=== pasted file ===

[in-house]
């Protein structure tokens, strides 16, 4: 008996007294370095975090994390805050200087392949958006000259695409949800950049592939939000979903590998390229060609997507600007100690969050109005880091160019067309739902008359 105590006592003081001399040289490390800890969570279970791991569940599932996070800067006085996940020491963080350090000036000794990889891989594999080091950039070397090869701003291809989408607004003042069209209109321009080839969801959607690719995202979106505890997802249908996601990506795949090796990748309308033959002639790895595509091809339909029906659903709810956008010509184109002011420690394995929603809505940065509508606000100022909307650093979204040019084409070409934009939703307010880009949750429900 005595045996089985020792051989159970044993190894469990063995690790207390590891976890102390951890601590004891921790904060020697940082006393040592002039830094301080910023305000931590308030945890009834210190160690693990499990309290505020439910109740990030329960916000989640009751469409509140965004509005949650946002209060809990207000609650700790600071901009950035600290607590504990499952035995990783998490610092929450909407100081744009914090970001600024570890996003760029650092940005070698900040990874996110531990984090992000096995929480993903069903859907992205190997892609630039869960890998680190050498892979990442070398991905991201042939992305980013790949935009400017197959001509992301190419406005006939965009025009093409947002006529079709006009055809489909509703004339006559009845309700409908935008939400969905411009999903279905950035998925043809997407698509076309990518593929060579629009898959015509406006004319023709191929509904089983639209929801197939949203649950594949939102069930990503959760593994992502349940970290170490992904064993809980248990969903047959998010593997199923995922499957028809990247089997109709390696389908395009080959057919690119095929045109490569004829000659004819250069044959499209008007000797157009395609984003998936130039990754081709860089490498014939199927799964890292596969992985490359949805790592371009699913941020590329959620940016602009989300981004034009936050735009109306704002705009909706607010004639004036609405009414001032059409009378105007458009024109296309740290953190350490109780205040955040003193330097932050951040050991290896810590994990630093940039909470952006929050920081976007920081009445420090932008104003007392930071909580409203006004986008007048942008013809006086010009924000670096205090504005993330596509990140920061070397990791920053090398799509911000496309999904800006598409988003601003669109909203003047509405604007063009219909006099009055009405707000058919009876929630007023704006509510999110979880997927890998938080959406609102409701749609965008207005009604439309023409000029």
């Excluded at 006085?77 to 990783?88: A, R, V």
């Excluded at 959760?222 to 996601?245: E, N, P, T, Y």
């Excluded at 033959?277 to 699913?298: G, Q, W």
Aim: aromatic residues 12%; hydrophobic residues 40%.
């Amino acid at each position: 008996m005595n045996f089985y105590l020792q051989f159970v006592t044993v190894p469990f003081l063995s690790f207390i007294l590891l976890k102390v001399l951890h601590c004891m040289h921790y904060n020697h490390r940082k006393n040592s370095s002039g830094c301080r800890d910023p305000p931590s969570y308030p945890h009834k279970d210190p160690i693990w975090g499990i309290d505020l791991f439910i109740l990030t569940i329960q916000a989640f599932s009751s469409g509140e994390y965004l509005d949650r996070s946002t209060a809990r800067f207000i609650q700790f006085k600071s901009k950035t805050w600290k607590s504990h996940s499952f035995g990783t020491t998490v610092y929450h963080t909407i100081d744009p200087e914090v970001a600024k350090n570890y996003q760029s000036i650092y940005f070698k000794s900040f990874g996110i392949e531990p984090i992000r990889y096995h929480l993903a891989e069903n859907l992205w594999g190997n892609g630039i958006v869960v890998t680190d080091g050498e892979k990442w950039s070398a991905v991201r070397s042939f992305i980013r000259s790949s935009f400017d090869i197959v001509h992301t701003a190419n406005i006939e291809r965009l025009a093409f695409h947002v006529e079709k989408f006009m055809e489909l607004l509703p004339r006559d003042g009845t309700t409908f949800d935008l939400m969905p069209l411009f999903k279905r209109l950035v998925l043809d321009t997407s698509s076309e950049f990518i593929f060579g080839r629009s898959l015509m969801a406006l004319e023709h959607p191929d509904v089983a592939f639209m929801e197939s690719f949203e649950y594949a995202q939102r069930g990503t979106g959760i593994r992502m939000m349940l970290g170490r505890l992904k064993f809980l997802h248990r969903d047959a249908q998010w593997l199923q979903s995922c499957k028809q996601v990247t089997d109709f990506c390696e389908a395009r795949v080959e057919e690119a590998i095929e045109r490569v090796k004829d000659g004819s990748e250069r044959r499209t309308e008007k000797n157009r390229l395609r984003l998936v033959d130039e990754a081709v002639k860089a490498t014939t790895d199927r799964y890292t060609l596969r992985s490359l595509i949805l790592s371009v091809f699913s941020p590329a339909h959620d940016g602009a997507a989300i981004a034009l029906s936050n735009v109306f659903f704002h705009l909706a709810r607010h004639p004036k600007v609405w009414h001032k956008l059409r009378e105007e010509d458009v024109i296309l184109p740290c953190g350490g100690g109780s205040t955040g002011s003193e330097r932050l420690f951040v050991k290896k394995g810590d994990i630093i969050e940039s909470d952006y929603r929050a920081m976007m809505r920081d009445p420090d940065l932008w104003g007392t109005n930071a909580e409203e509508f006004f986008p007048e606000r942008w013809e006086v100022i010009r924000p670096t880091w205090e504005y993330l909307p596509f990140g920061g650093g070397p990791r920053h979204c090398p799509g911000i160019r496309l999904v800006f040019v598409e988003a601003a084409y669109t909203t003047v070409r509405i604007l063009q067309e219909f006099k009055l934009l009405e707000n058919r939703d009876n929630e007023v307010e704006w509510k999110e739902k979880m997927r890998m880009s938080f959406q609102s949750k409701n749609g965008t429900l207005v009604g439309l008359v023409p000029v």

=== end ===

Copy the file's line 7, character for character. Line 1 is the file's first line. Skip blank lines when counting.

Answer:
């Amino acid at each position: 008996m005595n045996f089985y105590l020792q051989f159970v006592t044993v190894p469990f003081l063995s690790f207390i007294l590891l976890k102390v001399l951890h601590c004891m040289h921790y904060n020697h490390r940082k006393n040592s370095s002039g830094c301080r800890d910023p305000p931590s969570y308030p945890h009834k279970d210190p160690i693990w975090g499990i309290d505020l791991f439910i109740l990030t569940i329960q916000a989640f599932s009751s469409g509140e994390y965004l509005d949650r996070s946002t209060a809990r800067f207000i609650q700790f006085k600071s901009k950035t805050w600290k607590s504990h996940s499952f035995g990783t020491t998490v610092y929450h963080t909407i100081d744009p200087e914090v970001a600024k350090n570890y996003q760029s000036i650092y940005f070698k000794s900040f990874g996110i392949e531990p984090i992000r990889y096995h929480l993903a891989e069903n859907l992205w594999g190997n892609g630039i958006v869960v890998t680190d080091g050498e892979k990442w950039s070398a991905v991201r070397s042939f992305i980013r000259s790949s935009f400017d090869i197959v001509h992301t701003a190419n406005i006939e291809r965009l025009a093409f695409h947002v006529e079709k989408f006009m055809e489909l607004l509703p004339r006559d003042g009845t309700t409908f949800d935008l939400m969905p069209l411009f999903k279905r209109l950035v998925l043809d321009t997407s698509s076309e950049f990518i593929f060579g080839r629009s898959l015509m969801a406006l004319e023709h959607p191929d509904v089983a592939f639209m929801e197939s690719f949203e649950y594949a995202q939102r069930g990503t979106g959760i593994r992502m939000m349940l970290g170490r505890l992904k064993f809980l997802h248990r969903d047959a249908q998010w593997l199923q979903s995922c499957k028809q996601v990247t089997d109709f990506c390696e389908a395009r795949v080959e057919e690119a590998i095929e045109r490569v090796k004829d000659g004819s990748e250069r044959r499209t309308e008007k000797n157009r390229l395609r984003l998936v033959d130039e990754a081709v002639k860089a490498t014939t790895d199927r799964y890292t060609l596969r992985s490359l595509i949805l790592s371009v091809f699913s941020p590329a339909h959620d940016g602009a997507a989300i981004a034009l029906s936050n735009v109306f659903f704002h705009l909706a709810r607010h004639p004036k600007v609405w009414h001032k956008l059409r009378e105007e010509d458009v024109i296309l184109p740290c953190g350490g100690g109780s205040t955040g002011s003193e330097r932050l420690f951040v050991k290896k394995g810590d994990i630093i969050e940039s909470d952006y929603r929050a920081m976007m809505r920081d009445p420090d940065l932008w104003g007392t109005n930071a909580e409203e509508f006004f986008p007048e606000r942008w013809e006086v100022i010009r924000p670096t880091w205090e504005y993330l909307p596509f990140g920061g650093g070397p990791r920053h979204c090398p799509g911000i160019r496309l999904v800006f040019v598409e988003a601003a084409y669109t909203t003047v070409r509405i604007l063009q067309e219909f006099k009055l934009l009405e707000n058919r939703d009876n929630e007023v307010e704006w509510k999110e739902k979880m997927r890998m880009s938080f959406q609102s949750k409701n749609g965008t429900l207005v009604g439309l008359v023409p000029v």